I would any day take these restrictions and get something in hand rather than be left without anything to fight with ( this situation has come to pass thanks to our netas and babus with little spinelessness of the IA top brass also)

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Re: Artillery Discussion Thread

Postby sum » 28 Jan 2010 09:01

* 120-200 Tracked SP artillery (Bhim was considered to be the front runner. Demonstrated 8rnds/min peak, 2 rnds/min sustained, 6rns simultaneous impact at 25km, 20 rounds in ready to fire, 40 rounds total storage. Arjun chassis, Denel Turret+gun. A total of 160 rounds were fired in trials). Till....Denel got blacklisted for paying bribes. :|

Thanks to Renuka Choudary for that!!!! :x :x

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Re: Artillery Discussion Thread

Postby uddu » 28 Jan 2010 09:06

Why not sign a govt-to-govt deal with the South African govt to produce Bhim in India.

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Re: Artillery Discussion Thread

Postby sourab_c » 28 Jan 2010 09:25

sum wrote:Boss, if the FMS doesn't go through, there will be NO guns to fight with, forget restrictions like being used on one front only etc.

I would any day take these restrictions and get something in hand rather than be left without anything to fight with ( this situation has come to pass thanks to our netas and babus with little spinelessness of the IA top brass also)



Even if we deploy these guns in the eastern front only, it frees up our other guns that we can deploy in the west (even though I doubt if we have any room to free any sort of hardware at this point).

In addition, it is very hard to enforce restrictions on an artillery gun, unlike more sophisticated hardware like fighter jets etc, artillery guns do not rely on IFF and hence, if the need does arises , we can always deploy these guns in the west too. Lets not be too critical here, we have some very bright people working in the government who know what they're doing.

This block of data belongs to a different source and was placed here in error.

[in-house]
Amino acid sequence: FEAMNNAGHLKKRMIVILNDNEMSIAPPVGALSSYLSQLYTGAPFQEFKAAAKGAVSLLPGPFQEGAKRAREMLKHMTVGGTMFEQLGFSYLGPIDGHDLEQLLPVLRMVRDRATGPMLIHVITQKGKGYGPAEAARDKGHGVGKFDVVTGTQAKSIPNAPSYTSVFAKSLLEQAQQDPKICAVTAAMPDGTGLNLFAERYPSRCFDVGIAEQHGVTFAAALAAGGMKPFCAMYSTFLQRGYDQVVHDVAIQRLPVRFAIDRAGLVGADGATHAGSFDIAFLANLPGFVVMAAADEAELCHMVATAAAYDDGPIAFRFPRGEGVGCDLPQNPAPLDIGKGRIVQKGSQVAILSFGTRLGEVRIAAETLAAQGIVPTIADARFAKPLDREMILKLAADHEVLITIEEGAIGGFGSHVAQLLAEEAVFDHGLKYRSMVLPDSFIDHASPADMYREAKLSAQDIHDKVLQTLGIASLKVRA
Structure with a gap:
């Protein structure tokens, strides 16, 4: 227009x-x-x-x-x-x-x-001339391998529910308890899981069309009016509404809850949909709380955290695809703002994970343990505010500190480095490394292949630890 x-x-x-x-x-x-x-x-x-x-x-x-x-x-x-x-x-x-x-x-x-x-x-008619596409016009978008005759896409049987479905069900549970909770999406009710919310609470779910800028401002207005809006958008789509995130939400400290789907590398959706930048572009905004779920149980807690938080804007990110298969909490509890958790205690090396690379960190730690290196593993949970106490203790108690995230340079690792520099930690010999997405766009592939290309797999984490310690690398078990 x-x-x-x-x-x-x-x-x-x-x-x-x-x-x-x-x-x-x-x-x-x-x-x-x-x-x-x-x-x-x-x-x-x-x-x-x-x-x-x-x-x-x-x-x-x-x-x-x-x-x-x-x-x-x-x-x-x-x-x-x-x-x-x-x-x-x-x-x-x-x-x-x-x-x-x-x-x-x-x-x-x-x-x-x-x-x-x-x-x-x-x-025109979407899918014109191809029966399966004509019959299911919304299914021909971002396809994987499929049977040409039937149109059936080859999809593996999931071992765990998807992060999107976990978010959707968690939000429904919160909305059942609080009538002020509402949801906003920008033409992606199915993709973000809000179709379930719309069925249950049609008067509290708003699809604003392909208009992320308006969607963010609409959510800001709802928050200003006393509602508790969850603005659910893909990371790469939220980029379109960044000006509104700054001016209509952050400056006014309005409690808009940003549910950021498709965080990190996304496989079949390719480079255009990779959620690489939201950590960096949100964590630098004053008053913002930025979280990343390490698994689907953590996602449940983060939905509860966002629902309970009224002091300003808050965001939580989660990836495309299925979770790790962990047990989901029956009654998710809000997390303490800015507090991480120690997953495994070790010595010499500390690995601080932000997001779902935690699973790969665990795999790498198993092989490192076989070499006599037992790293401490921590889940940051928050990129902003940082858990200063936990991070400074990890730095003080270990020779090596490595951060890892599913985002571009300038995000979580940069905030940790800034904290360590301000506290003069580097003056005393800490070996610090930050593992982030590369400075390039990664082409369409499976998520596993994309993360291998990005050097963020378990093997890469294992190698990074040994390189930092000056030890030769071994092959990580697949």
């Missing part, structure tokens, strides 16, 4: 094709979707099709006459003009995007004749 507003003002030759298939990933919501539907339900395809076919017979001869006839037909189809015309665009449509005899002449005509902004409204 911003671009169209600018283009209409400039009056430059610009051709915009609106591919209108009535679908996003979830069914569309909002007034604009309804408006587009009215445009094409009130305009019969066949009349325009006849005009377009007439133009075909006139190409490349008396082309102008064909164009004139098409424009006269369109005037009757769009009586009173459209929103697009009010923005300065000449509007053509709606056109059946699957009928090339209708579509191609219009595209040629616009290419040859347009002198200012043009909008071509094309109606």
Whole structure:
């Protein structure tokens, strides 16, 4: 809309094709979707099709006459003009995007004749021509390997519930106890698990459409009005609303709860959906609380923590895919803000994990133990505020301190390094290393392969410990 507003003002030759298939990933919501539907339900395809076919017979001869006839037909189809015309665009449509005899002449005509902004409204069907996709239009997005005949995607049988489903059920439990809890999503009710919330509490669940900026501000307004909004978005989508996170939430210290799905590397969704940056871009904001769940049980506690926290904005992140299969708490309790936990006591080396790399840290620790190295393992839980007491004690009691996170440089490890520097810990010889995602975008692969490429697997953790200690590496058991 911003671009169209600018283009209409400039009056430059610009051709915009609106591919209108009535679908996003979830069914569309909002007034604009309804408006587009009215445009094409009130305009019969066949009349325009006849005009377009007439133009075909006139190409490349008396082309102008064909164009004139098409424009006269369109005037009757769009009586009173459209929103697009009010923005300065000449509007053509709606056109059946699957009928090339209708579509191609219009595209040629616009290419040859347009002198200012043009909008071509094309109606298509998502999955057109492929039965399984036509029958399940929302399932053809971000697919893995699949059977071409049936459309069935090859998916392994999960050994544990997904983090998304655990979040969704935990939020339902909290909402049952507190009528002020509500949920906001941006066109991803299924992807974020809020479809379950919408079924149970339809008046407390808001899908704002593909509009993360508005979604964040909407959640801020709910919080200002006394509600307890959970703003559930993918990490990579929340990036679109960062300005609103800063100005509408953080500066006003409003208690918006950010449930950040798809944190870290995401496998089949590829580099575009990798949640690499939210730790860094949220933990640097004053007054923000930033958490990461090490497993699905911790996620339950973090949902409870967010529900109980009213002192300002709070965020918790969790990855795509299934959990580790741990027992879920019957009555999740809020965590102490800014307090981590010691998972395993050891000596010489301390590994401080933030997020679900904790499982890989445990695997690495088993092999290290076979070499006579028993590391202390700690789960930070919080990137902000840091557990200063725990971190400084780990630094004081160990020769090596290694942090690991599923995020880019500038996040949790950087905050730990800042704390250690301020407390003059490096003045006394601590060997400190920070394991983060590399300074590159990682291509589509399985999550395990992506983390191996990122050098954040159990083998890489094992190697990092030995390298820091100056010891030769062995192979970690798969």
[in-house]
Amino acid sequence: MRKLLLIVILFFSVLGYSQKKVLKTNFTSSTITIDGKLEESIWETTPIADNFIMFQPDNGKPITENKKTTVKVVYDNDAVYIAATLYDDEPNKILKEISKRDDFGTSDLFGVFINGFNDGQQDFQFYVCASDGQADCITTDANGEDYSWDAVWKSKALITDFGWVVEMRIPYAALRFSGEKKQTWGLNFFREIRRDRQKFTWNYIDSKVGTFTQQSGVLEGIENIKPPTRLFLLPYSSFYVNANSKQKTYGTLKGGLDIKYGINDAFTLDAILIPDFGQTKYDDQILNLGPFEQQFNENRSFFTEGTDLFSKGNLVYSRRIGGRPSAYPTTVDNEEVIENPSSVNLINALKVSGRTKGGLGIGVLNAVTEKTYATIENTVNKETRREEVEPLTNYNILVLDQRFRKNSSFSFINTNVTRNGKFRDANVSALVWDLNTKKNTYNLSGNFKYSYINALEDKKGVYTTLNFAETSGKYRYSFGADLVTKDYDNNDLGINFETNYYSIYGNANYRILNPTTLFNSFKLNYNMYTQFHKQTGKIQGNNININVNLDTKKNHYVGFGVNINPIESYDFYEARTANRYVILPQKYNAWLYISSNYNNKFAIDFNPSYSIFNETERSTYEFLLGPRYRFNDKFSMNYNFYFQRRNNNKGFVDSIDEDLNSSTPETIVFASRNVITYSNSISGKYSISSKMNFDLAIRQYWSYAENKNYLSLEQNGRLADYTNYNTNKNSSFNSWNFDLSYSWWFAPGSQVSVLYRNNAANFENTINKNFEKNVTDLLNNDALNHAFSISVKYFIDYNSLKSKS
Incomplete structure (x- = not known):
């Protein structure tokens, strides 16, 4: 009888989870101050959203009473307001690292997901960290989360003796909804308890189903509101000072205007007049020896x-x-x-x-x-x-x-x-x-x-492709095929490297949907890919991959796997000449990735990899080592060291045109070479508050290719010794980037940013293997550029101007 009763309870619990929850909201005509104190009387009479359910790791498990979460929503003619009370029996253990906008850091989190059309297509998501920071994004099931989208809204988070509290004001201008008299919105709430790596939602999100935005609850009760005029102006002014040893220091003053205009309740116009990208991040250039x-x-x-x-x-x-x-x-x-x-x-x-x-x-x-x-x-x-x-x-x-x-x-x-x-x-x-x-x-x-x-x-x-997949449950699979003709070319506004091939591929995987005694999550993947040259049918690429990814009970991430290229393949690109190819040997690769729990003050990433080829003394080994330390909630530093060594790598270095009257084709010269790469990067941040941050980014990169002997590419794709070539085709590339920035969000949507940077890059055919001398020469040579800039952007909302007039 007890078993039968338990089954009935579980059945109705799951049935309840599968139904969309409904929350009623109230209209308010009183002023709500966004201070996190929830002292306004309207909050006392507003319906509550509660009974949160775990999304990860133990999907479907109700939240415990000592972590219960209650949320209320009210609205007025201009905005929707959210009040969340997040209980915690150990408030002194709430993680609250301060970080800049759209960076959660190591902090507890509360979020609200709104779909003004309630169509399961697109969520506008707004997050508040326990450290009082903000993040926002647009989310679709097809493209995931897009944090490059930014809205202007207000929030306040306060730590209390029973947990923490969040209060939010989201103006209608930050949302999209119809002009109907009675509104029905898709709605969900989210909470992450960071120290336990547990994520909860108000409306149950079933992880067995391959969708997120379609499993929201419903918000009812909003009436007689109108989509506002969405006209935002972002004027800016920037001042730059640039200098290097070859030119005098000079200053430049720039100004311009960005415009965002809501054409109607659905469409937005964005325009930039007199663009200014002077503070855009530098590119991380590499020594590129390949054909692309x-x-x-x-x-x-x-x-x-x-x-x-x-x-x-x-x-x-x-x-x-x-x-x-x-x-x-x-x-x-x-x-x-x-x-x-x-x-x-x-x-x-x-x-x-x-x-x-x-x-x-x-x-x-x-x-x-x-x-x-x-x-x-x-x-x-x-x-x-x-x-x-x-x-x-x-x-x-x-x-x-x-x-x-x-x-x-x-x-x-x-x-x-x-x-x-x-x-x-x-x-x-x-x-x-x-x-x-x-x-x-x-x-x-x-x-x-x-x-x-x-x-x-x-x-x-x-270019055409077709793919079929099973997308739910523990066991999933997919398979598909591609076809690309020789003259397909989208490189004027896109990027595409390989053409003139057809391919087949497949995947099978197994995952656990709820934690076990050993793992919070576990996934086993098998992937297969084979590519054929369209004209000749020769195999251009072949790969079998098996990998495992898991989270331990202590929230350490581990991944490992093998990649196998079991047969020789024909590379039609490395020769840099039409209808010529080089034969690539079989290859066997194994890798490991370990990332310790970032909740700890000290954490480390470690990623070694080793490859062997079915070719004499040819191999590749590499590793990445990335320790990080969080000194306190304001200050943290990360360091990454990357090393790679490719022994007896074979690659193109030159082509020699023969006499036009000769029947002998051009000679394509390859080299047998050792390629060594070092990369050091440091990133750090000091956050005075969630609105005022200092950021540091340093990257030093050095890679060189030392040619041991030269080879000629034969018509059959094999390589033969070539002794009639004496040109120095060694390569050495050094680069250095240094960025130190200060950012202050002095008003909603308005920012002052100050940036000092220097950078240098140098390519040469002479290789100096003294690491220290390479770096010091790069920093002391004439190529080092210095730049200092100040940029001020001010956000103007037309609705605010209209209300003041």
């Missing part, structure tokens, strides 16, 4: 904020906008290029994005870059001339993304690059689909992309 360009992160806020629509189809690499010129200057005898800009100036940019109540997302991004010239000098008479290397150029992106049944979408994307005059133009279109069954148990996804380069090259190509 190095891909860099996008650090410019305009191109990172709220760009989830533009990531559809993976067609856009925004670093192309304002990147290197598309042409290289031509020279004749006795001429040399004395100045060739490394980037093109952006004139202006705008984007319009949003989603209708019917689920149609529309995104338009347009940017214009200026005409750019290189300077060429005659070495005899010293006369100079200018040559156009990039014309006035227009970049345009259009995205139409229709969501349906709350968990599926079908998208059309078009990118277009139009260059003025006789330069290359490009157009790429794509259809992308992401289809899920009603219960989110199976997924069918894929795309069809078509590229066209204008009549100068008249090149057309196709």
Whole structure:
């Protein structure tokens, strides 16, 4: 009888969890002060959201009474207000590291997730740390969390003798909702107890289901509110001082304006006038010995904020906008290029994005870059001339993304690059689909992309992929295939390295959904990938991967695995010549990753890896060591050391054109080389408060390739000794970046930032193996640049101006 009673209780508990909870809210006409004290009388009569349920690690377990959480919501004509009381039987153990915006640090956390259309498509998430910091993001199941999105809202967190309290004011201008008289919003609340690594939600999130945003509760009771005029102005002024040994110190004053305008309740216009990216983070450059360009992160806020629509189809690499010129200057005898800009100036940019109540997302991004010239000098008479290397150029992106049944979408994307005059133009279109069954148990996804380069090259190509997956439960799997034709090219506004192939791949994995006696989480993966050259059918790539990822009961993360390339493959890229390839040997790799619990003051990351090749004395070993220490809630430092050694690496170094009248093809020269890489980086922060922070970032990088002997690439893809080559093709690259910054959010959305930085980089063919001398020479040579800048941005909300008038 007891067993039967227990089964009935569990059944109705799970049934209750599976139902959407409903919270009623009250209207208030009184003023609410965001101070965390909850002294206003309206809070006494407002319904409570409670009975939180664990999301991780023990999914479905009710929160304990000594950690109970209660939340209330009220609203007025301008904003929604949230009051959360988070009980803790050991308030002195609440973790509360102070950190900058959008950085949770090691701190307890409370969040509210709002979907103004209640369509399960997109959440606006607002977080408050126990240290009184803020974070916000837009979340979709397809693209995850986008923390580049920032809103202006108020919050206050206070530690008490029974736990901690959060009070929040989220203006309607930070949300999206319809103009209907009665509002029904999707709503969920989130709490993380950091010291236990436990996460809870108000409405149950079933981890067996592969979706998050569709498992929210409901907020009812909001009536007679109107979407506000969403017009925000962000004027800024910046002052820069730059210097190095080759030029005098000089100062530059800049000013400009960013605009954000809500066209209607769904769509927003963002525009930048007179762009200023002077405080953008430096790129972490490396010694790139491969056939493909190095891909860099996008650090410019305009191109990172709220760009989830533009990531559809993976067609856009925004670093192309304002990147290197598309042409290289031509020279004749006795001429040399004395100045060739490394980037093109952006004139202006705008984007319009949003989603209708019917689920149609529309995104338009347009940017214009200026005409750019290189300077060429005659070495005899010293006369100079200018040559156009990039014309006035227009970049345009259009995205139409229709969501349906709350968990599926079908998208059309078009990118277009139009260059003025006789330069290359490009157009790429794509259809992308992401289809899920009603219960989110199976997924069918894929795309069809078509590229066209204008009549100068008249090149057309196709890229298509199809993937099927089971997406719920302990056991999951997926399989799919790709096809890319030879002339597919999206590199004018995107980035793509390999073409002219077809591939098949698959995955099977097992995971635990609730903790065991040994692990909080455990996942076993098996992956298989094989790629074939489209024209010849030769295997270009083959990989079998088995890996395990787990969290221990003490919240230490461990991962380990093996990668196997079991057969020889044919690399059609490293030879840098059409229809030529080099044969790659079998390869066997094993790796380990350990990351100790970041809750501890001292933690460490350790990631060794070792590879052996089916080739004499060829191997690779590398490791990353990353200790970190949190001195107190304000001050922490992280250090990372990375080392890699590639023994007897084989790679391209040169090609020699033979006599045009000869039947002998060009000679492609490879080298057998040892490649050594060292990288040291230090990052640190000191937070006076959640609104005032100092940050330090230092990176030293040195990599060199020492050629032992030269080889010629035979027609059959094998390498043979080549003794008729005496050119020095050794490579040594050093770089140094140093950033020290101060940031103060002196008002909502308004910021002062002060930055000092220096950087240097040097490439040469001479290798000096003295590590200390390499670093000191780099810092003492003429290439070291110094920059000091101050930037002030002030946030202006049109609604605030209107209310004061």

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Re: Artillery Discussion Thread

Postby Willy » 28 Jan 2010 09:41

About high time. In the current sad situation we cant crib on who got knocked out and which was the best guns - as long as some are coming in at last.

This whole defence procurement rigmarole of tendering and trials is just not working. Not one major purchase has gone through , through this route. The competition always seems to be able to get the front runner blacklisted.


:(
Last edited by Willy on 28 Jan 2010 11:44, edited 1 time in total.

Anujan
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Re: Artillery Discussion Thread

Postby Anujan » 28 Jan 2010 11:38

tejas wrote:Hi Anujan. With your figures I am getting 1940 min and 2090 max. Am I missing something :?: BTW the 2000 figure was off the top of my head and partially pulled out of my musarraf. So I was not far off the mark :mrgreen:


You are right, I indulged in some madrassa math :oops:

Uddu-ji, Bhim was being built in circa 2000. If it were adopted them, we would have seen BFMS/Arty guns networking by now in Bhim.

But there are better guns (with glossier brochures) for tracked SP now. A trial is inevitable....

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Re: Artillery Discussion Thread

Postby pkudva » 28 Jan 2010 11:51